Wednesday, March 12, 2008

Preparing the Class for Emergencies

When I graduated from college to become a new teacher, no one prepared me for class emergencies. I would like to give some suggestions that no one ever told me and I had to learn the hard way.

The school has an emergency plan and you usually get this before the opening of school for students. Most experienced teachers store these away and will pull it out when needed. I suggest that you check out the plan as if you had a classroom of students and make your own classroom emergency plan. Decide where you will keep your roll book for easy access in case you need to leave the room quickly. Go to the appointed place so you will know where this location is and the route you need to take.

Once you have your students, this emergency plan should be one of the early things you do. I grouped my students into groups of 4 and made one person a leader. When we got to the appointed place, I asked my leaders who was missing in their group. This was for immediate attendance and I could go back afterwards and eyeball that each student was there. I would take the students on a practice drill to the appointed place so they could learn the route and the location. At this time I would also share my expectations with them on how we would get to this location. You might want them to stay in a straight line with no talking or stay in their groups. However you want to work this, now is the time to deal with this and not during an official drill or real emergency. You might also assign someone for turning off the lights and closing the classroom door. If you on the high school level, you will have more than one class that you will need to do this for. We also had a different kind of plan if the emergency happened during lunch time so that needs to be discussed also. After physically practicing the drill at the beginning of the year, I would discuss the procedures at least once a month and of course our school had an actual drill once a month.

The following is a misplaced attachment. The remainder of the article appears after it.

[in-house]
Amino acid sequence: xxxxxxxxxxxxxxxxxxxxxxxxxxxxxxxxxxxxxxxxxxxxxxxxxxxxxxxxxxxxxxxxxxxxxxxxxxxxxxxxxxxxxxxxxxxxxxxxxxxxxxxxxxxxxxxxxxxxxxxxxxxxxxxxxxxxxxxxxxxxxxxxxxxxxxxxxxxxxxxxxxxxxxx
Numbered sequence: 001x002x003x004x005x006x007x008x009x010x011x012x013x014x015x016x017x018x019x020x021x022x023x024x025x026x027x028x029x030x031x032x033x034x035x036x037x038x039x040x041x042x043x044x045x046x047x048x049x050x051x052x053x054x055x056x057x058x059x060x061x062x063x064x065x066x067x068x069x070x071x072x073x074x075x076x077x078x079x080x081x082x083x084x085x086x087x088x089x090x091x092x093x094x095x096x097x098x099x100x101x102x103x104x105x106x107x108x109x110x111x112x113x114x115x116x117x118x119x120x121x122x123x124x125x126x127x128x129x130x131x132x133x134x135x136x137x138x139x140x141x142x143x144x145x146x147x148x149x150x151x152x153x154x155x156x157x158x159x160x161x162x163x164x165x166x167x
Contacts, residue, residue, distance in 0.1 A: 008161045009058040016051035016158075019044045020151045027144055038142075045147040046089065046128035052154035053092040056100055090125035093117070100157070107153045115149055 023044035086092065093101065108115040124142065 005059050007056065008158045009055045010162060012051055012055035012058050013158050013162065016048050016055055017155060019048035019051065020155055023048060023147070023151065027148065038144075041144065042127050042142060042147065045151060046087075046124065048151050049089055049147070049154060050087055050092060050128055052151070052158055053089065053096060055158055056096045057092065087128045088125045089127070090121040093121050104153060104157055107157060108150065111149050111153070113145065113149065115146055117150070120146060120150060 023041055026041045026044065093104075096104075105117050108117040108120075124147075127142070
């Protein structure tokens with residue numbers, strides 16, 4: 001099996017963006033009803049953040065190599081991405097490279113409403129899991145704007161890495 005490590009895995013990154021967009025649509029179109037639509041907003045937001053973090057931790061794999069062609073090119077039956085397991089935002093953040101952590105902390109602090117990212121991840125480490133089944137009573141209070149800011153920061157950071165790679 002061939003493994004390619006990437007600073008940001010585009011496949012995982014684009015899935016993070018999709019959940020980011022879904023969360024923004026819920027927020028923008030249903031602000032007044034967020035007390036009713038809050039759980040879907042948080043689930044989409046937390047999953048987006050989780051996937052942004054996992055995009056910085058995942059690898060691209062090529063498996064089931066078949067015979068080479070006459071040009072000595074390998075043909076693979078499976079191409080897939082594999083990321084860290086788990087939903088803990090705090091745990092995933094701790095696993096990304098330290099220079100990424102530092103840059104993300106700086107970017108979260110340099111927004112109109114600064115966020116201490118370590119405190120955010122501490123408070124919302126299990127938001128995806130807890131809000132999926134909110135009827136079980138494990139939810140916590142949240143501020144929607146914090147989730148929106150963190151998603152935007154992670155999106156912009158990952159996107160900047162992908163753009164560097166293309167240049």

I did this for fire and tornado drills. By doing this beforehand, I was able to have a well organized and disciplined class during official drills. Students, other teachers, and the administration will notice that you have control and during emergencies this is very important. Many teachers take emergency plans too lightly and as I see more violence in the schools, I think we need to take this seriously and the more we take it seriously, so will the students.

Photo credit: Fire Truck by Happy Dave

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